According to the simulations, the solar wave energy farm could produce 265.43 MWh/y, of which 211.76 MWh/y from sea wave and 53.67 MWh/y from solar. The installed power is equal to 160 kW from sea wave and 21.6 kW from photovoltaic panels.

In order to regularize the annual electrical production, as introduced before, additional photovoltaic plants must be installed on the roofs of public buildings. In particular, the authors assume the installation of 6 photovoltaic plants, each one having a rated power of 3.3 kW, with a global installed power of 19.9 kW. In this evaluation, the photovoltaic panels are oriented towards south with a tilt angle equal to the latitude of the site. In this way, the photovoltaic plants installed on the roofs of public buildings could produce 59.45 MWh/y.

Summing up all the energy production, the renewable energy mix proposed by the authors could produce 324.88 MWh/y, enough to cover the annual electrical demand of public service, with a small surplus equal to 8 MWh/y.

Obviously, the excess of production can be sold to the local electrical grid reducing the electrical production from fossil fuels.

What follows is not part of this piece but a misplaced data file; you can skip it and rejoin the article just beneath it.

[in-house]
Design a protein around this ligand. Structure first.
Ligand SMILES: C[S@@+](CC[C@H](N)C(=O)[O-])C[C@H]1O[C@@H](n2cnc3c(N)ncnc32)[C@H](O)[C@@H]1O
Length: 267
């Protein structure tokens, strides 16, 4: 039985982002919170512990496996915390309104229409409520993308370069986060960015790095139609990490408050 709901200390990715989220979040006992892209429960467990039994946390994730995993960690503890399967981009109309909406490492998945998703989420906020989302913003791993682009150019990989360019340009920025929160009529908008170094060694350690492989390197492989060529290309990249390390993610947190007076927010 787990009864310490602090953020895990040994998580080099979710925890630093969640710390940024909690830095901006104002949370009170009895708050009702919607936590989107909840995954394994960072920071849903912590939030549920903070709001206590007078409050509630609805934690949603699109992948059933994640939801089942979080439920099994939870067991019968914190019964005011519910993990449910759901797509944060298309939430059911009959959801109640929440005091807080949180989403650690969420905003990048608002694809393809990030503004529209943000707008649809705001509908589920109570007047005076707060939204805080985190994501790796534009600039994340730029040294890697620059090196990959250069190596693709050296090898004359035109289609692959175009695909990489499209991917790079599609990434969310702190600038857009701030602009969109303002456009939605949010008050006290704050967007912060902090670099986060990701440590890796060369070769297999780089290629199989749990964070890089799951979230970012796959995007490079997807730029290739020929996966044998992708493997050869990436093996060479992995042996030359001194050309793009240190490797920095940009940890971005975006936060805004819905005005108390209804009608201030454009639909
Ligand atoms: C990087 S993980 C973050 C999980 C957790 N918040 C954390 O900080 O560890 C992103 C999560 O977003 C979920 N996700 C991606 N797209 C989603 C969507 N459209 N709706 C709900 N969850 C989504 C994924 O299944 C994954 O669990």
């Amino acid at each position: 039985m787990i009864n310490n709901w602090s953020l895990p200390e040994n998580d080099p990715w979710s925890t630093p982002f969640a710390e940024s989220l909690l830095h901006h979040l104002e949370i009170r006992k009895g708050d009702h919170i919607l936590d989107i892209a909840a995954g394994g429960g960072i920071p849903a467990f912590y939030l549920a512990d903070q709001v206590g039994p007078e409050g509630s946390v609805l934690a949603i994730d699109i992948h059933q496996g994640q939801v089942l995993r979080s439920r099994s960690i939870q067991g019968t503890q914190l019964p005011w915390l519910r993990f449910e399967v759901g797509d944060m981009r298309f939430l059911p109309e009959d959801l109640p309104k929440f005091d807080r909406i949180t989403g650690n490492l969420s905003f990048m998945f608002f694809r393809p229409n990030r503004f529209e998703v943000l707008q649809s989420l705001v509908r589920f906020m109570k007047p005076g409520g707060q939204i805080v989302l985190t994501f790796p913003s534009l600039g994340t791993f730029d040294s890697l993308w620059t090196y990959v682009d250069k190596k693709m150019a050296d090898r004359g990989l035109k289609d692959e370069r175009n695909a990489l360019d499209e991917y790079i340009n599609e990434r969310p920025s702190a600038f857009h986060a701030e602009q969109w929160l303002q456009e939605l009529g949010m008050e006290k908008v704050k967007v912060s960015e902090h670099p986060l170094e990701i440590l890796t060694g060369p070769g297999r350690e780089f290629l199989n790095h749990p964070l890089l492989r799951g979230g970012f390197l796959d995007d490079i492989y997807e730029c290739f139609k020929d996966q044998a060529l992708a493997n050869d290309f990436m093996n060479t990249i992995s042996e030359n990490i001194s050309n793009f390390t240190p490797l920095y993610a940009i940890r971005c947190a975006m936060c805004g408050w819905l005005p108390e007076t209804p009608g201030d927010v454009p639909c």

The following Table 3 summarises the main data of solar wave energy farm, Table 4 reports the main data of photovoltaic plants that should be installed on the roofs of public buildings.

Details on the solar wave energy farm

Parameters Values
Number of buoys 2
Installed power by wave [kW] 160
Installed photovoltaic power [kW] 21.6
Annual electrical production by wave [MWh/y] 211.76
Annual electrical production by solar [MWh/y] 53.67

Details on the roof-integrated photovoltaic plants

Parameters Values
Number of photovoltaic plants 6
Rated power of single photovoltaic plants [kW] 3.3
Installed power by photovoltaic plants [kW] 19.9
Annual electrical production [MWh/y] 59.45

About the environmental benefits, the annual avoided CO2 emission was evaluated according to eq. (5). It assumes an emission factor γCO2 equal to 0.682 t CO2/MWh, considering data from literature about similar technologies [52]. Thus, the proposed RES mix can avoid the emission of 221.6 t CO2/y.

Finally, the economic analysis was performed, evaluating the discounted cash flow according to eq. (6). All the economic parameters are reported in Table 5. About the cost for the installation and maintenance of photovoltaic panels, data are available in literature [5]. About sea wave, the authors investigated the cost of the device in a previous work [59].

Economic parameters used in the discounted cash flow

Parameters Values
Money discount rate [%] 0.25
Energy discount rate [%] 2.0
Initial investment [EUR] 340,628